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May 1985

Brain Metabolism in AutismResting Cerebral Glucose Utilization Rates as Measured With Positron Emission Tomography

Author Affiliations

From the Child Psychiatry Branch, National Institute of Mental Health (Drs Rumsey and J. L. Rapoport); Section on Brain Aging and Dementia, Laboratory of Neurosciences, National Institute on Aging (Drs Duara, Grady, S. I. Rapoport, and Cutler); and the Department of Nuclear Medicine, Clinical Center, National Institutes of Health (Dr Margolin), Bethesda, Md.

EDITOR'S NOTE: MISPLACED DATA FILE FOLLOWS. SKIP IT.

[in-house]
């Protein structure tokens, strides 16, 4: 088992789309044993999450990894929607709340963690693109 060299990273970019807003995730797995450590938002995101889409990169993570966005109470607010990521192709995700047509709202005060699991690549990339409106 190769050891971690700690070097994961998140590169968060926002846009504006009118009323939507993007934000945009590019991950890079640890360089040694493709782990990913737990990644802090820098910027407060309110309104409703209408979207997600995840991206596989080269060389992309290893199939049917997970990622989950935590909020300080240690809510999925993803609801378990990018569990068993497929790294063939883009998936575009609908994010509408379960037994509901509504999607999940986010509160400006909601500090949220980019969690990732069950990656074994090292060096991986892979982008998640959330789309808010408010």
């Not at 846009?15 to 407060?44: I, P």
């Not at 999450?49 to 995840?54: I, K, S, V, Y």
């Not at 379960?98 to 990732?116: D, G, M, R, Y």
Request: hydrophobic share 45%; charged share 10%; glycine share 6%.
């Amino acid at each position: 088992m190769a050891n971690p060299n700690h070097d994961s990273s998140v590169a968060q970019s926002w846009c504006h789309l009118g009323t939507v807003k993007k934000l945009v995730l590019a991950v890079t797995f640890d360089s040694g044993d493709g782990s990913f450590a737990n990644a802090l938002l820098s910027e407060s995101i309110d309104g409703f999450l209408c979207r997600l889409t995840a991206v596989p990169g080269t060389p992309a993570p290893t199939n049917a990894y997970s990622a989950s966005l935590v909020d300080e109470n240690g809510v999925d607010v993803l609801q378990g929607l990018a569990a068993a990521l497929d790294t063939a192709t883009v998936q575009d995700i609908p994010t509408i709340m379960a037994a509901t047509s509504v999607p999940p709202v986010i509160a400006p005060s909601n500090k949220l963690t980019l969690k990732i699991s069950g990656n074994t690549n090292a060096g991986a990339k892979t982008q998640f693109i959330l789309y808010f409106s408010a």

Arch Gen Psychiatry. 1985;42(5):448-455. doi:10.1001/archpsyc.1985.01790280026003

• The cerebral metabolic rate for glucose was studied in ten men (x̄ age=26 years) with well-documented histories of infantile autism and in 15 age-matched normal male controls using positron emission tomography and (F-18) 2-fluoro-2-deoxy-D-glucose. Positron emission tomography was completed during rest, with reduced visual and auditory stimulation. While the autistic group as a whole showed significantly elevated glucose utilization in widespread regions of the brain, there was considerable overlap between the two groups. No brain region showed a reduced metabolic rate in the autistic group. Significantly more autistic, as compared with control, subjects showed extreme relative metabolic rates (ratios of regional metabolic rates to whole brain rates and asymmetries) in one or more brain regions.